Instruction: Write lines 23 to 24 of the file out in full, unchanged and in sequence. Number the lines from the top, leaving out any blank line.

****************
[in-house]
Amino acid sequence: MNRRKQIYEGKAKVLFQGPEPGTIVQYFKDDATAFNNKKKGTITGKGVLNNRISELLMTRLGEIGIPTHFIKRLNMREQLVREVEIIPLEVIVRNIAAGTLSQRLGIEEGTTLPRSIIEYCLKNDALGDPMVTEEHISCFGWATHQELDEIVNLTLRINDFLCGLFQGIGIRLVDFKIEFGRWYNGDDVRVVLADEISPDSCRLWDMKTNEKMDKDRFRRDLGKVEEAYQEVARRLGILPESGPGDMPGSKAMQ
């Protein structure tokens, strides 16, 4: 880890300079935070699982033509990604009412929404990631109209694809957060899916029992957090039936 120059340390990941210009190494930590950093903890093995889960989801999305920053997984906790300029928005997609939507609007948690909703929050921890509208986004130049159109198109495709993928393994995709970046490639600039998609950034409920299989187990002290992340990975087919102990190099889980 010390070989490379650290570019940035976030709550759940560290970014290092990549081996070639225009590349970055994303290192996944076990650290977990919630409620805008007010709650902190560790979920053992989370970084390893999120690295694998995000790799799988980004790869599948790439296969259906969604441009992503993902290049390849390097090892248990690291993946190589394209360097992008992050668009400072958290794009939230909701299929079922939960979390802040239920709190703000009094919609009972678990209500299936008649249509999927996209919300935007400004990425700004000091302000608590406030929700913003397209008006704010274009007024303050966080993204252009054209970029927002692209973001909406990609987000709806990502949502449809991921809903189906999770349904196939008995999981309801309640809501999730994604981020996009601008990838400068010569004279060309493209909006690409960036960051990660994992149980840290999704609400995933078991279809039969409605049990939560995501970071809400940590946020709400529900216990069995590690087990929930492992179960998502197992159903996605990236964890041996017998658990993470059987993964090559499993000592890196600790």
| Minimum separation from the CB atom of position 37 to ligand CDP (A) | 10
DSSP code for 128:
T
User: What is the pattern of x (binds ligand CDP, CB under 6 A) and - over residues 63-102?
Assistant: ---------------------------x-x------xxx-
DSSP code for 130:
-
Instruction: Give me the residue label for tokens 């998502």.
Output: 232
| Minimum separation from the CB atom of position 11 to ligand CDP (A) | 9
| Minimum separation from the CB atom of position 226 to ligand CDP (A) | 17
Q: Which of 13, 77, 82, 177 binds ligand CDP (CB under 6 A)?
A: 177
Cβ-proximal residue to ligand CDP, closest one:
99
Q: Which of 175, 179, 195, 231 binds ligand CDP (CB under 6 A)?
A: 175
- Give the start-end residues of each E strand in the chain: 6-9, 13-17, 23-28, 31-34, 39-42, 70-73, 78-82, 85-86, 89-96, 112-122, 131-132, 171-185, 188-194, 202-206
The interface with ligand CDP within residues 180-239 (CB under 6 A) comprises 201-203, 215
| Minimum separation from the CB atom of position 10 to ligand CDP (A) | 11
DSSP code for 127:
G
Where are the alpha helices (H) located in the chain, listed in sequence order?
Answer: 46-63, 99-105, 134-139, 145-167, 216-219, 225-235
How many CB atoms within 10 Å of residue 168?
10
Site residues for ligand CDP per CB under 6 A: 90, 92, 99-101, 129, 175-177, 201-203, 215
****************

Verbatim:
| Minimum separation from the CB atom of position 10 to ligand CDP (A) | 11
DSSP code for 127: